New Yorkers have the likes of Cha Cha Matcha and Chillhouse, but San Diego’s gold standard for the earthy green tea is Holy Matcha. The café’s decor is imbued with (appropriately) beachy vibes and, of course, plenty of millennial pink. But while the Instagram potential is obvious—and impossible to resist—it’s the ceremonial-grade matcha that keeps patrons coming back.
Ordering at Holy Matcha is an exercise in decisiveness (how many matchas is too many matchas?). Sure, you could get your matcha fix in the classic latte form, but you could also try the café’s one-of-a-kind matcha horchata—a twist on founder Geraldine Ridaura’s grandmother’s traditional horchata recipe. If you’re in the mood for another kind of sweet treat, give the house-made matcha soft serve a try. Even the lactose-sensitive can enjoy all that Holy Matcha’s menu has to offer because everything is dairy-free (!).
I had the chance to take a peek into Ridaura’s fridge, which is just as meticulously kept as her café. We talked about the importance of fresh produce, living a processed-food-free life, and using food as a medium to share our traditional Mexican culture—something she and I share—with others.
So what does San Diego’s resident matcha queen keep in her fridge?
The first thing I noticed when looking through your fridge is that I don’t really see any processed foods.
Correct—I haven’t been eating any processed foods for about the past three years. I like everything as fresh as possible and grocery shop almost every day, which is why I love the farmer’s market. If I see fish or anything fresh I get it and make it that day. I also don’t like to buy a lot of extra food to freeze and eat later.
This glass bowl on the second shelf—is that pesto I see in there?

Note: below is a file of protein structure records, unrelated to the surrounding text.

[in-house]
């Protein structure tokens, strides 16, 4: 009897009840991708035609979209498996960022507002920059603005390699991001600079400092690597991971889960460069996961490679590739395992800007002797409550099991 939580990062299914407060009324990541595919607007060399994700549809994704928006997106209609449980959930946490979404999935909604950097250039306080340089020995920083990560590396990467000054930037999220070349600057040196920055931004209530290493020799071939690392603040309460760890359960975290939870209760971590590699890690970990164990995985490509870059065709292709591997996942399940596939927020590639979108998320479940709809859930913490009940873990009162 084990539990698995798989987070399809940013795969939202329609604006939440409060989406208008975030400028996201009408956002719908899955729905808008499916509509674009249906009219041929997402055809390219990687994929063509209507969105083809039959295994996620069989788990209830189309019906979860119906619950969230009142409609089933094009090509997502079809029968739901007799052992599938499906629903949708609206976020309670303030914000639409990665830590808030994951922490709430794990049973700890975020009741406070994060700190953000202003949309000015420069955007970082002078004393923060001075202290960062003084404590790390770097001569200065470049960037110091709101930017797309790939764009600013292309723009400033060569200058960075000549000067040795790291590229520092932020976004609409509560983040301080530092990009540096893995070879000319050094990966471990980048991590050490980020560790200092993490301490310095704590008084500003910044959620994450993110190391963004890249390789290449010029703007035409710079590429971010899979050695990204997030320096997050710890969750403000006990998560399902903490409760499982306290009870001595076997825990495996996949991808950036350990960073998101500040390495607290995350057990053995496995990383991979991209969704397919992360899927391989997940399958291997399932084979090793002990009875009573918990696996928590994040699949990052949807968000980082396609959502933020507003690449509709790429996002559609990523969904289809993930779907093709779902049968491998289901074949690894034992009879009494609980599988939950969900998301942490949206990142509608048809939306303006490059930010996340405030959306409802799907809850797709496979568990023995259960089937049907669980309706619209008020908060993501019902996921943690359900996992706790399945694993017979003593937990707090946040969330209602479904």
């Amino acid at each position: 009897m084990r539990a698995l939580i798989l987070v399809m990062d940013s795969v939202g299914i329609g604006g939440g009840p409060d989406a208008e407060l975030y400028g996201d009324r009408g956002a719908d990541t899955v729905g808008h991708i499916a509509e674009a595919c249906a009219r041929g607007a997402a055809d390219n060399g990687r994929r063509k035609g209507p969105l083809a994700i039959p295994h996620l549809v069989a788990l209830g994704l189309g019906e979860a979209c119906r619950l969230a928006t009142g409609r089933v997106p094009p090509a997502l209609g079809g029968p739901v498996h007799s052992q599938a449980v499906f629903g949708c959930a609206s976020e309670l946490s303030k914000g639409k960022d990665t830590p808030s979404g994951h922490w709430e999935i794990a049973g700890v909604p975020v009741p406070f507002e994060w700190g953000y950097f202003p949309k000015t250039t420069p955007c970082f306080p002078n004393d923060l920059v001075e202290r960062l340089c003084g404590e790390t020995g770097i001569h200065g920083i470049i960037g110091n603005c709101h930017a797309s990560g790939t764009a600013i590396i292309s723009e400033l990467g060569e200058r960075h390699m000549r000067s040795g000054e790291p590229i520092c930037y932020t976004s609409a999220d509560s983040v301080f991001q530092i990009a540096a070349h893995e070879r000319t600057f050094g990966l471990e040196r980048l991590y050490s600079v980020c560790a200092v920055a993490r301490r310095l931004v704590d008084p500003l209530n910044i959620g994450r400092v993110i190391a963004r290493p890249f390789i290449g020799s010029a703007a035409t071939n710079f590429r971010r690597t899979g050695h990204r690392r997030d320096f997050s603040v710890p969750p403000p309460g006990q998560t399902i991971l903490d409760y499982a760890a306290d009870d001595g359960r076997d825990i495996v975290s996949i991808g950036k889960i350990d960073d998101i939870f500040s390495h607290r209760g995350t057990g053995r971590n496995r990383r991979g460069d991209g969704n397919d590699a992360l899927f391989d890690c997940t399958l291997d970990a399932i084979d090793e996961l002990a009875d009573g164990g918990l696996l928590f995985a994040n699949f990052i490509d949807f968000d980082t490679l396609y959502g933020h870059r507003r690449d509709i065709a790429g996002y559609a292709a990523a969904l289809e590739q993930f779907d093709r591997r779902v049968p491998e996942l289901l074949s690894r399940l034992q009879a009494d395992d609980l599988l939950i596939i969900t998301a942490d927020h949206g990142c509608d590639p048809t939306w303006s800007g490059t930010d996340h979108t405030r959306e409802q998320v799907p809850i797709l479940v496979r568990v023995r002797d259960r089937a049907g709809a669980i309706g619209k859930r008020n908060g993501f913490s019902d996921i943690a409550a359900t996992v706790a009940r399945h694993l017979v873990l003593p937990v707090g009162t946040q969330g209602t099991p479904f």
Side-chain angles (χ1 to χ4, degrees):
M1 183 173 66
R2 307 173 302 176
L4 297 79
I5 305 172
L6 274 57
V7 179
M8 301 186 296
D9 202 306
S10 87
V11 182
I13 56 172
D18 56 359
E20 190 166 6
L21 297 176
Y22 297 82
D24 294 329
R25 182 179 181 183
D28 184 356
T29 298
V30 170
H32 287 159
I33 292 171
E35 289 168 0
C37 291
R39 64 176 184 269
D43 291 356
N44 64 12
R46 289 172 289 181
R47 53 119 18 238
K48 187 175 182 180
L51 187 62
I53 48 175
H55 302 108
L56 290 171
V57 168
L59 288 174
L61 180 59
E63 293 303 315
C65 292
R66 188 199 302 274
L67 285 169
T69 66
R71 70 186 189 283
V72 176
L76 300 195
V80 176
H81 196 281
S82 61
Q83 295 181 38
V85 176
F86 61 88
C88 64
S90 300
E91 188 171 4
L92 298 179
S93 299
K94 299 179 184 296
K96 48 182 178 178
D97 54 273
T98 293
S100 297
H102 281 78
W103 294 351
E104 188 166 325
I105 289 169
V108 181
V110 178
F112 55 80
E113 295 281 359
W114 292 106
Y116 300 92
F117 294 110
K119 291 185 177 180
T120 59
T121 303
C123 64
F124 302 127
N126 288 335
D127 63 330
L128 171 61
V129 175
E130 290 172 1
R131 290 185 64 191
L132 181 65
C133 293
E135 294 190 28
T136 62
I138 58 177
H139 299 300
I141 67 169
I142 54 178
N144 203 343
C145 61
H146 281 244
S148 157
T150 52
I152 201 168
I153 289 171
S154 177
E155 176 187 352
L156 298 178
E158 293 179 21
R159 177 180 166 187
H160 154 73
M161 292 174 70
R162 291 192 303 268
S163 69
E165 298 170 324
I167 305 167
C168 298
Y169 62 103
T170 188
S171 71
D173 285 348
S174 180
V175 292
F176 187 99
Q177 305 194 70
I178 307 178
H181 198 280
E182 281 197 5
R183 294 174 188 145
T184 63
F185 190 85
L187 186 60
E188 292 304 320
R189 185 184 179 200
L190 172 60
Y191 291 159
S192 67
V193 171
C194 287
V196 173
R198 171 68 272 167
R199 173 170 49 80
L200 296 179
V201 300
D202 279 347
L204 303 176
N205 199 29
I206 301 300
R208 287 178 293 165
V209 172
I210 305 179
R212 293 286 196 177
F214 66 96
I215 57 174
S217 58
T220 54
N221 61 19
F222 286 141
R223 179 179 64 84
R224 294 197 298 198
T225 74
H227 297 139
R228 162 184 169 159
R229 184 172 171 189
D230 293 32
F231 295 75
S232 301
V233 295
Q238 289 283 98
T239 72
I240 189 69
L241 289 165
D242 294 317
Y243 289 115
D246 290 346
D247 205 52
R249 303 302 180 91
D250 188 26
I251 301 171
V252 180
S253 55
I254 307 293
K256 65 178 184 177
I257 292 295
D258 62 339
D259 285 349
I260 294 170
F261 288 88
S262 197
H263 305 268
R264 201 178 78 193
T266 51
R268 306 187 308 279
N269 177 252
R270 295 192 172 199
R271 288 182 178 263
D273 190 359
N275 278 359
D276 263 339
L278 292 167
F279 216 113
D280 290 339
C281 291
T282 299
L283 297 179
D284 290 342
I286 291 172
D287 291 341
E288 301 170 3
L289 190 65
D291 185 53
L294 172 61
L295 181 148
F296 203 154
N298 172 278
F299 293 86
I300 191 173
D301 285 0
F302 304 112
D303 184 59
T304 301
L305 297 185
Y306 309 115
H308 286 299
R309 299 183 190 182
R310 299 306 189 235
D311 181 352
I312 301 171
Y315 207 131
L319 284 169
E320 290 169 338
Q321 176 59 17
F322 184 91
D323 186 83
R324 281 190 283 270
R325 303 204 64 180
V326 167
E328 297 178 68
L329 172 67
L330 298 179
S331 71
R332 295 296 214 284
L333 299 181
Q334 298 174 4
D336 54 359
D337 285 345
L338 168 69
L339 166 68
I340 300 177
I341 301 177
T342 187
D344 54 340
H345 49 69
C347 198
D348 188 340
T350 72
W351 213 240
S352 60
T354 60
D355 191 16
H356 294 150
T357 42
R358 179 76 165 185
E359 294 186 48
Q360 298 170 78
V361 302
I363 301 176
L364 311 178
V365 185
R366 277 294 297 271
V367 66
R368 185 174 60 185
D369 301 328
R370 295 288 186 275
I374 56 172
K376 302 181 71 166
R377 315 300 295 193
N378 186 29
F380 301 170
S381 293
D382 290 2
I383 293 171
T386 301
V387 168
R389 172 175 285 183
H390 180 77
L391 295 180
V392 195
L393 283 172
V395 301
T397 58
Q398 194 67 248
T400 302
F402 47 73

It looks like it! But no, that’s my matcha chia seed pudding. It’s what I eat for breakfast every single day. I use Silk coconut milk for my chia [on the top shelf]. By using coconut milk, the consistency is always the same—it’s very pudding-like. I make it for the café as well, but it all started with me making it at home.
Can we talk about the sweet potatoes on the top shelf?
Oh yeah, those are Japanese sweet potatoes; they’re the best! They’re loaded with so many wonderful vitamins and antioxidants. I bake them with olive oil, a little bit of pink Himalayan salt, and cinnamon. That’s what I eat for dessert every evening. I think I heard about that from Jessica Alba once when I was reading about her diet. They sounded so exotic, and with me being so involved with matcha, it caught my attention. It was actually her recipe to make it with olive oil and cinnamon and I just added a bit of salt.
What about the green beans and fingerling potatoes? Will you use them together in a dish?
The green beans I sauté of just eat raw. The potatoes, I bake. I love baking all different kinds of potatoes. I’ll bake those fingerling potatoes with just a little bit of salt, pepper, olive oil, and cardamom. It just tastes delicious.
Are these three bottles in the door of your refrigerator green smoothies? They look delicious!
Oh! That’s my matcha horchata. I sell that at the café. I sometimes use almond milk and make some for myself at home. I’ll store it in Califia almond milk bottles that I would have thrown away. It’s delicious; it’s my grandmother’s recipe that I somewhat altered by adding almond milk and matcha. I’m obsessed with it and I consume it at home with a little bit of ice and sprinkled cinnamon on top.
I also noticed you have a shelf of mostly kombucha.
I’m obsessed with kombucha. I have a GTS Organic Trilogy kombucha every morning. That’s my dessert after my breakfast—but it is loaded with sugar, so I try to watch my sugar intake for the rest of the day. I get them by the case at Whole Foods—I think they even give you a discount if you get the whole case.
What about the coconut water—do you drink it straight?
I use that in my smoothies. I never finish a bottle when I drink it straight. In my smoothies I add a lot of herbal supplements, and sometimes they’re not the best-tasting so I like to add a little coconut water to lighten that intense flavor that they sometimes have.
In your produce drawers I see tomatoes, red bell peppers, a white onion, and a red onion. Is that going to be a made into a salsa?
No. Onions, I eat raw. If not, I’ll sauté them. The tomatoes are cherry tomatoes. When I bake salmon, I put the tomatoes around it on a baking sheet and, oh my goodness, the flavor it produces is just out of this world. I’ll also just sauté it all together, putting the salmon on a bed of kale. It’s making me hungry just talking about that!
I see these beautiful heirloom carrots; can you tell me about those?
Those babies are delicious! I’ll bake them with the fingerling potatoes.
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